there is popular belief particular in Gujarat that it is sin to pluck or broke flowers from plants or tree after evening.

My Question really Is it sin to pluck or broke flowers from plants or tree after evening ? or it's only a belief

  • I have given an answer below, you can check it out.
    – Bingming
    Oct 22, 2023 at 19:18

1 Answer 1


Firstly, there is no concept of 'sin' in the framework of Hindu traditions.
There is pāpa or adharma, but that's not equal to 'sin'.

Vīramitrodaya Pūjāprakāśa (pg.70) quotes Dakṣa

samitpuṣpakuśādīnāṁ sa kālaḥ parikīrtitaḥ // (Dakṣasmr̥ti 1.32a)

As per this śloka, plucking flowers, leaves, etc. should be done in 2nd bhāga of the day(dvitīye ceva bhāge- Dakṣasmr̥ti 1.29b), that would be 'saṅgava'. This aligns with the traditional practice, as per which, we pluck flowers after the prātaḥ snāna, usually.

Anuṣṭhānaprakāśa (pg. 12) quotes Matsyasūkta,

snātvā madhyāhnsamaye na cchindyātkusumaṁ naraḥ /
tatpuṣyārcane devi raurave paripacyate //

This makes it pretty clear one shouldn't pluck flowers after madhyāhn snāna, because upon doing pūjā with those flowers as offering, one attains gati in raurava naraka.

Vīramitrodaya Pūjāprakāśa (pg. 68) quotes Hārīta
(as per Anuṣṭhāna prakāśa pg. 12, the first śloka is from Laghuhārītaḥ)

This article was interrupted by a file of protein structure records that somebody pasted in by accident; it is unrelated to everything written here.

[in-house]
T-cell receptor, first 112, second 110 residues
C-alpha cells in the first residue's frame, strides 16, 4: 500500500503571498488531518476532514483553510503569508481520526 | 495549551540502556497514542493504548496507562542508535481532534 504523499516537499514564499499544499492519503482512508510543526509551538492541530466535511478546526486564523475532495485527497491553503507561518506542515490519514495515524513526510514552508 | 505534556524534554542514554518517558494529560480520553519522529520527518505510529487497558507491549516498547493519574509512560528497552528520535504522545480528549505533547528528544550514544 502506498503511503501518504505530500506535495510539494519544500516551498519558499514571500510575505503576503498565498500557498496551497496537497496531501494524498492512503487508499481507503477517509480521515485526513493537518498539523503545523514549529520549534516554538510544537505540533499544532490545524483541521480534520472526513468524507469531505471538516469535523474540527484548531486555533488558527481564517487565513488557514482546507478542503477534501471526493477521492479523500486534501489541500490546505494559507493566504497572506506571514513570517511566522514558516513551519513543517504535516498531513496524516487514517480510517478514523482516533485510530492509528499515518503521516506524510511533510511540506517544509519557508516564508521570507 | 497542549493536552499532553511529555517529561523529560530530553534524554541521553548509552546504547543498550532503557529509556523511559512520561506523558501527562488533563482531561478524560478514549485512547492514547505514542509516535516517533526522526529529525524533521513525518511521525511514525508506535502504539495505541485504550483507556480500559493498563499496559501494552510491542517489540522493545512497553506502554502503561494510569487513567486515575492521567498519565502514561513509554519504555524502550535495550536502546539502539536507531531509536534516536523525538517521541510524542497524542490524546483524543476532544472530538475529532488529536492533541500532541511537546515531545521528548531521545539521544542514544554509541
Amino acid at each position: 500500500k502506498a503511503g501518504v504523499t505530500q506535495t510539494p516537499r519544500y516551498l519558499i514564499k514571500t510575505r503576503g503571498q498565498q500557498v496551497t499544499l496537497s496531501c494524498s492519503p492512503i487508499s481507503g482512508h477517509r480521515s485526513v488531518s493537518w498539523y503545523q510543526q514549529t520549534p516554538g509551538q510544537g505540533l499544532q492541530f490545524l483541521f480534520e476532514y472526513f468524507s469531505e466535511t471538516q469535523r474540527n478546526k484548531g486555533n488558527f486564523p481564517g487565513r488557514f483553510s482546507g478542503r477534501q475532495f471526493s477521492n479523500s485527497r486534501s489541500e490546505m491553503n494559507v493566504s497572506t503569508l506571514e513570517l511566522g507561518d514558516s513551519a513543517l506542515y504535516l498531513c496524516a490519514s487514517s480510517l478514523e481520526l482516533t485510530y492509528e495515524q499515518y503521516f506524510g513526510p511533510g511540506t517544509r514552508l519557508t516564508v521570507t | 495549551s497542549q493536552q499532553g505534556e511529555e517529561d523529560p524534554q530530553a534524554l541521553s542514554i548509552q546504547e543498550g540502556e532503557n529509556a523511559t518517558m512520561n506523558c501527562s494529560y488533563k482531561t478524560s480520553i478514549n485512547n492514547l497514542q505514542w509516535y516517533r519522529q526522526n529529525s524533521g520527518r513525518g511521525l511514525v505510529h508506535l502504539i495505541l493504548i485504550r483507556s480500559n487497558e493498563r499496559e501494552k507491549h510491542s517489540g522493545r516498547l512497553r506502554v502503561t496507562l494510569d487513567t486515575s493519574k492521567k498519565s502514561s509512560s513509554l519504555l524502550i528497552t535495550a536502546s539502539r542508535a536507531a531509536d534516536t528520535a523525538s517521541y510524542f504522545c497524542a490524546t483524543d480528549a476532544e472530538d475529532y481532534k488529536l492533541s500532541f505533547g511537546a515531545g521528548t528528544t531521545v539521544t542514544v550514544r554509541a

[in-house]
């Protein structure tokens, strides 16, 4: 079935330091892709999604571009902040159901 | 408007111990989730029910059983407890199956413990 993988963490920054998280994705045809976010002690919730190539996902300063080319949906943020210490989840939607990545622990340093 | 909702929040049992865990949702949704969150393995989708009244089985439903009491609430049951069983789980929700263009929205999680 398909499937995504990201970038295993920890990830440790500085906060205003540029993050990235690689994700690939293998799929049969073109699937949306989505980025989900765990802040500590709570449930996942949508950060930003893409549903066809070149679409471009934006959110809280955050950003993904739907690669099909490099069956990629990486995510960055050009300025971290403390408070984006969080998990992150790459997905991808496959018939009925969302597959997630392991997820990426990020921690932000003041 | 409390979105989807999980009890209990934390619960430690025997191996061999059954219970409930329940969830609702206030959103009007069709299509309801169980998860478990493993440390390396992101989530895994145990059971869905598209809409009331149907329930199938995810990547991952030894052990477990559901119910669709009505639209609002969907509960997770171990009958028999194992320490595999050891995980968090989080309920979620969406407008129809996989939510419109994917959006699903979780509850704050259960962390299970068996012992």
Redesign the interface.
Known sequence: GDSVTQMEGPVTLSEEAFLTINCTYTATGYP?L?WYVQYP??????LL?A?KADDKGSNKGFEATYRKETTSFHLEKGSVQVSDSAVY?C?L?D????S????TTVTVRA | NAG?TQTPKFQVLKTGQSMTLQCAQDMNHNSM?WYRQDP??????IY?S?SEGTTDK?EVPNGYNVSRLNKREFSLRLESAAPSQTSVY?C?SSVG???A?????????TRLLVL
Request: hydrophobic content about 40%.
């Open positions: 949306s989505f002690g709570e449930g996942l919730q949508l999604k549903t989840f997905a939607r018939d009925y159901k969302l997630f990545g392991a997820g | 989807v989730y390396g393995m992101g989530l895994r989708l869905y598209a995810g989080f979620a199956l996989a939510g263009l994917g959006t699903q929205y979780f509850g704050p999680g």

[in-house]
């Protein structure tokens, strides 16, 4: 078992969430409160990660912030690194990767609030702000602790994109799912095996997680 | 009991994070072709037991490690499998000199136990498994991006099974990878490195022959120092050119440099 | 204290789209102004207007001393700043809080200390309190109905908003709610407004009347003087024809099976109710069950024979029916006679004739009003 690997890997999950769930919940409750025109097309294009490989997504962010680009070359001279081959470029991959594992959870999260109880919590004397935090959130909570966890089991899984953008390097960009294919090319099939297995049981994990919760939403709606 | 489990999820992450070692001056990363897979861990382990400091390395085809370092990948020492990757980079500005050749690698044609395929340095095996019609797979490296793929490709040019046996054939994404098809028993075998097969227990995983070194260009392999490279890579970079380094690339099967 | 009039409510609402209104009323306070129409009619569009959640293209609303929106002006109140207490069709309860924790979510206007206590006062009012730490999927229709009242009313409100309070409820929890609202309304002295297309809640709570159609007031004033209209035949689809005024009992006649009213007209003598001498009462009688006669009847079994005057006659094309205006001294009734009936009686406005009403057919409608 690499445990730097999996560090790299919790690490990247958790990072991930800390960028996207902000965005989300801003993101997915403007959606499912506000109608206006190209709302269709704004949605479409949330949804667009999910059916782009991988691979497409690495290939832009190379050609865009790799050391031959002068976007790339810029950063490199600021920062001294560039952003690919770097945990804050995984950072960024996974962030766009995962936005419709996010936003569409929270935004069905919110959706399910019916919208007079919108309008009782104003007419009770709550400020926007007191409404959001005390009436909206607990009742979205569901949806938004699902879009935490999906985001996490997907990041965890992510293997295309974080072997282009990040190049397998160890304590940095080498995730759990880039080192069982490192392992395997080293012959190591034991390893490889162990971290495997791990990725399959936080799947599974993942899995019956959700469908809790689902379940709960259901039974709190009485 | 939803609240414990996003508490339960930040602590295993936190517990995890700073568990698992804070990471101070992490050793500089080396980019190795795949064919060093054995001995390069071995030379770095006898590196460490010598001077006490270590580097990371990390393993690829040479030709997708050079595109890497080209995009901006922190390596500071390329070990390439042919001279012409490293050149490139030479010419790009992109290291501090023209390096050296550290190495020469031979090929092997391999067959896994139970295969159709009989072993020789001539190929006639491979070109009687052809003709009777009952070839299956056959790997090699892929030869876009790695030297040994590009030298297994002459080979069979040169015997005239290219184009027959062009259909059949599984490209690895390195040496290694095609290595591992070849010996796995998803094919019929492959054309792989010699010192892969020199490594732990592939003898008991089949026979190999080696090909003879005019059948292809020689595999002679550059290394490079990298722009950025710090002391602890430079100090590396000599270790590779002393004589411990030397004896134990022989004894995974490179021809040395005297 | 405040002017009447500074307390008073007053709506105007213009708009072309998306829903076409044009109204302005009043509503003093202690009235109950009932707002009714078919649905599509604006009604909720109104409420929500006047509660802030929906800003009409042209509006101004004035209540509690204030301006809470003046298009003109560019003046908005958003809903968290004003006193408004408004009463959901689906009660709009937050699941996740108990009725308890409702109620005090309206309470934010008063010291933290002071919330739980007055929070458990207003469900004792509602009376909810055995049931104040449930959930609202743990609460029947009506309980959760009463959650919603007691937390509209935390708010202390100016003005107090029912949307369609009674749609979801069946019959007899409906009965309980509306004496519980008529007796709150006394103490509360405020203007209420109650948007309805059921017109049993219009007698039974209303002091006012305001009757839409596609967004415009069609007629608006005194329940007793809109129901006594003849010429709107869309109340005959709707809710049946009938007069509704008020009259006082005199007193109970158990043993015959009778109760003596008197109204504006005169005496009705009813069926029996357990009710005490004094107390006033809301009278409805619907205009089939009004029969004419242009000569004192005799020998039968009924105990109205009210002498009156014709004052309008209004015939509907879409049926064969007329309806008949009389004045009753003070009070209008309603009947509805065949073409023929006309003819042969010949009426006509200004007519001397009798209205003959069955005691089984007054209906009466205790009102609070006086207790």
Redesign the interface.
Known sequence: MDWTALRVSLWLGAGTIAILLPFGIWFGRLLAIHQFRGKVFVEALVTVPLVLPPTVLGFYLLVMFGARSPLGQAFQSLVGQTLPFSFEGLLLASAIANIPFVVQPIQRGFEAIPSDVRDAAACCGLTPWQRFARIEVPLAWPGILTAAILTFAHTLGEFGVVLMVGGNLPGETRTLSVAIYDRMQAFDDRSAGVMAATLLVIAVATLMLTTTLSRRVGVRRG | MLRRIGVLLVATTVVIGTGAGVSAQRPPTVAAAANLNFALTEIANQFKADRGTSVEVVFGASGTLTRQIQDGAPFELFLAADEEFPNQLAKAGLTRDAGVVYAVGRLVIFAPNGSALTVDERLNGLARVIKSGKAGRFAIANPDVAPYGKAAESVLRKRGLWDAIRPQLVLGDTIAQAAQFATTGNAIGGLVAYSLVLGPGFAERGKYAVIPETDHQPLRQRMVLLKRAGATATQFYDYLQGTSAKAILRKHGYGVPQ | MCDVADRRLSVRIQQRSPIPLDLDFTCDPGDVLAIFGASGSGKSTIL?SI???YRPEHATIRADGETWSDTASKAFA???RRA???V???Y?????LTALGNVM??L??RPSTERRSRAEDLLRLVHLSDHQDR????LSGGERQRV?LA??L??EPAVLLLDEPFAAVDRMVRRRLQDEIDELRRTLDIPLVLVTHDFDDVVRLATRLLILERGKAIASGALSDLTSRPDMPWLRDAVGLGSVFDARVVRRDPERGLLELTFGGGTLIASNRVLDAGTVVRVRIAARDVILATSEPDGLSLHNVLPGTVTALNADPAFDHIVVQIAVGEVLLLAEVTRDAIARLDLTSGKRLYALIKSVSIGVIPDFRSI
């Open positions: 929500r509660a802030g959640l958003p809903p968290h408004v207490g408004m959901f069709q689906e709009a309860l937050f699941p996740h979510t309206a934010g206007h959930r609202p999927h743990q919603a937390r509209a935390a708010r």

snānaṁ kr̥tvātu ye kecit puṣpaṁ gr̥haṇanti vai dvijāḥ /
devatāstanna gr̥haṇanti bhasmībhavati kāṣṭhavat //
snānamatra prātaḥ snānātiriktaṁ, prātaḥ snānottaraṁ puṣpāharaṇādividhānāt /

As per these śloka, one shouldn't pluck flowers after snāna because devatās don't accept that as an offering in pūjā. This doesn't mean that one should pluck flowers before snāna. The 'snāna' in the first śloka (first 2 lines) is referring to madhyāhn snāna, not prātaḥ snāna. This is clarified by the last śloka in the quote and also said that one should pluck flowers after prātaḥ snāna.

Therefore, it should be clear now that what you called a popular belief has śāstra pramāṇa (as well as sadācāra of śiṣṭas) to its support. So, it's not mere hearsay but actually adhārmika/pāpa to pluck flowers for pūjā, after madhyāhn snāna. This rules out evening and night too.
And it's also pāpa to pluck flowers without having snāna before.


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